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Bank capital and the macroeconomy: Policy considerations

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  • Kiley, Michael T.
  • Sim, Jae W.

Abstract

We develop a macroeconomic model in which the balance sheet condition of financial institutions plays an important role in the determination of asset prices and economic activity. The financial intermediaries in our model are required to make investment commitments before a complete resolution of idiosyncratic funding risk that can be addressed only by costly refinancing, forcing them to behave in a risk-averse manner. The model shows that the balance sheet condition of intermediaries can drive asset values away from their fundamentals, causing aggregate investment and output to respond to shocks to intermediaries. We use this model to evaluate several public policies designed to address balance sheet problems at financial institutions. With regard to short-run policies, we find that capital injections conditioned upon voluntary recapitalization can be a more effective tool than asset purchases. With regard to long-run policies, we demonstrate that higher capital requirements can have sizable short-run effects on economic activity, and that a long transition period helps avoid undesirable side effects. Finally, we show that the marginal effects of policies can be larger during “crises” because of the nonlinear interactions between some financial frictions and policy actions.

Suggested Citation

  • Kiley, Michael T. & Sim, Jae W., 2014. "Bank capital and the macroeconomy: Policy considerations," Journal of Economic Dynamics and Control, Elsevier, vol. 43(C), pages 175-198.
  • Handle: RePEc:eee:dyncon:v:43:y:2014:i:c:p:175-198
    DOI: 10.1016/j.jedc.2014.01.024
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    References listed on IDEAS

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    1. Michael T. Kiley & Jae W. Sim, 2011. "Financial capital and the macroeconomy: policy considerations," Finance and Economics Discussion Series 2011-28, Board of Governors of the Federal Reserve System (U.S.).
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    Cited by:

    1. repec:eee:jmacro:v:54:y:2017:i:pb:p:149-160 is not listed on IDEAS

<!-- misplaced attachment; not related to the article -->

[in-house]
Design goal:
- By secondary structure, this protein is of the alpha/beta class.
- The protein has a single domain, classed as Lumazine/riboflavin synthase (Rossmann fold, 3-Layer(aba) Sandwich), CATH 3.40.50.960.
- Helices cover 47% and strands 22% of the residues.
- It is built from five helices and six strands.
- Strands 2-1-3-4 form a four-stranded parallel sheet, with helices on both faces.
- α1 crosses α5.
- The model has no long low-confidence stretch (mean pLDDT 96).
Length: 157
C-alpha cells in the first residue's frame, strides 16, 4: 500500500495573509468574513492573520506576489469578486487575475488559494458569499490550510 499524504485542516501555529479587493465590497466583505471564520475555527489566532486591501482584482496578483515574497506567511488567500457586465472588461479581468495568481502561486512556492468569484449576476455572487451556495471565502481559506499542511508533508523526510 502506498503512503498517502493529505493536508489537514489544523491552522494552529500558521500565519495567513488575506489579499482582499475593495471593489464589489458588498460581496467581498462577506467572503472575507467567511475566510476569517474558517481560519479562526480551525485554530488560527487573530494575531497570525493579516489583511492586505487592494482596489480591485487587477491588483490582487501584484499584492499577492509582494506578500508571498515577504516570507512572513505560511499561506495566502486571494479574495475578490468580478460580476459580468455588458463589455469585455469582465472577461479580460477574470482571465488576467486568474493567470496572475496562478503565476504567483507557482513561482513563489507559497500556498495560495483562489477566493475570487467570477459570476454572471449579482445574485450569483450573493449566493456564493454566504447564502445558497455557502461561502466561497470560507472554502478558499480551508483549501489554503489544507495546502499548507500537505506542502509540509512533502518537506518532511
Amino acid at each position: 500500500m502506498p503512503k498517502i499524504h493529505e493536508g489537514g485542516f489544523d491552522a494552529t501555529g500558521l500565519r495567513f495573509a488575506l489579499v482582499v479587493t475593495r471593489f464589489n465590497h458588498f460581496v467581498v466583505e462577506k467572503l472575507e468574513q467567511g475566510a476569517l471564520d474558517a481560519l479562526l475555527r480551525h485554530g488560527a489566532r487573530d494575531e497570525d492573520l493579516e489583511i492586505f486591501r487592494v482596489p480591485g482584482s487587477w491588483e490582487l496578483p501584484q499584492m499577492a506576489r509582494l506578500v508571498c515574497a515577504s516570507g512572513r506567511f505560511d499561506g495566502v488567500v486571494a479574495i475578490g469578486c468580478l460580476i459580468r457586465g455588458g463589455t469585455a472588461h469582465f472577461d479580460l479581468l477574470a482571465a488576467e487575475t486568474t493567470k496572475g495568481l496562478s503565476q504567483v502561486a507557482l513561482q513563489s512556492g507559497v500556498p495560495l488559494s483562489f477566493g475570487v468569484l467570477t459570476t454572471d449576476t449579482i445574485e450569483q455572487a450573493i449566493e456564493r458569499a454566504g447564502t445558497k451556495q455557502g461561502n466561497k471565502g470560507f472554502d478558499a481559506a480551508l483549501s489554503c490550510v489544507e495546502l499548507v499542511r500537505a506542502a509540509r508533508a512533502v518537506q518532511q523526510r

2. Güntner, Jochen H.F., 2015. "The federal funds market, excess reserves, and unconventional monetary policy," Journal of Economic Dynamics and Control, Elsevier, vol. 53(C), pages 225-250.
    3. repec:eee:jmacro:v:54:y:2017:i:pb:p:232-259 is not listed on IDEAS
    4. Matthieu Darracq Paries & Pascal Jacquinot & Niki Papadopoulou, 2016. "Parsing Financial Frictions Underlying Bank Lending Fragmentation during the Euro Area Crisis," Working Papers 2016-07, Central Bank of Cyprus.
    5. Kiley, Michael T. & Sim, Jae, 2017. "Optimal monetary and macroprudential policies: Gains and pitfalls in a model of financial intermediation," Journal of Macroeconomics, Elsevier, vol. 54(PB), pages 232-259.
    6. Beck, Thorsten & Colciago, Andrea & Pfajfar, Damjan, 2014. "The role of financial intermediaries in monetary policy transmission," Journal of Economic Dynamics and Control, Elsevier, vol. 43(C), pages 1-11.
    7. Kilponen, Juha & Orjasniemi, Seppo & Ripatti, Antti & Verona, Fabio, 2016. "The Aino 2.0 model," Research Discussion Papers 16/2016, Bank of Finland.
    8. Yoo, Jinhyuk, 2017. "Capital injection to banks versus debt relief to households," IMFS Working Paper Series 111, Goethe University Frankfurt, Institute for Monetary and Financial Stability (IMFS).
    9. Darracq Pariès, Matthieu & Jacquinot, Pascal & Papadopoulou, Niki, 2016. "Parsing financial fragmentation in the euro area: a multi-country DSGE perspective," Working Paper Series 1891, European Central Bank.

    More about this item

    Keywords

    Financial intermediation; Crisis policies;

    JEL classification:

    • E44 - Macroeconomics and Monetary Economics - - Money and Interest Rates - - - Financial Markets and the Macroeconomy
    • E58 - Macroeconomics and Monetary Economics - - Monetary Policy, Central Banking, and the Supply of Money and Credit - - - Central Banks and Their Policies

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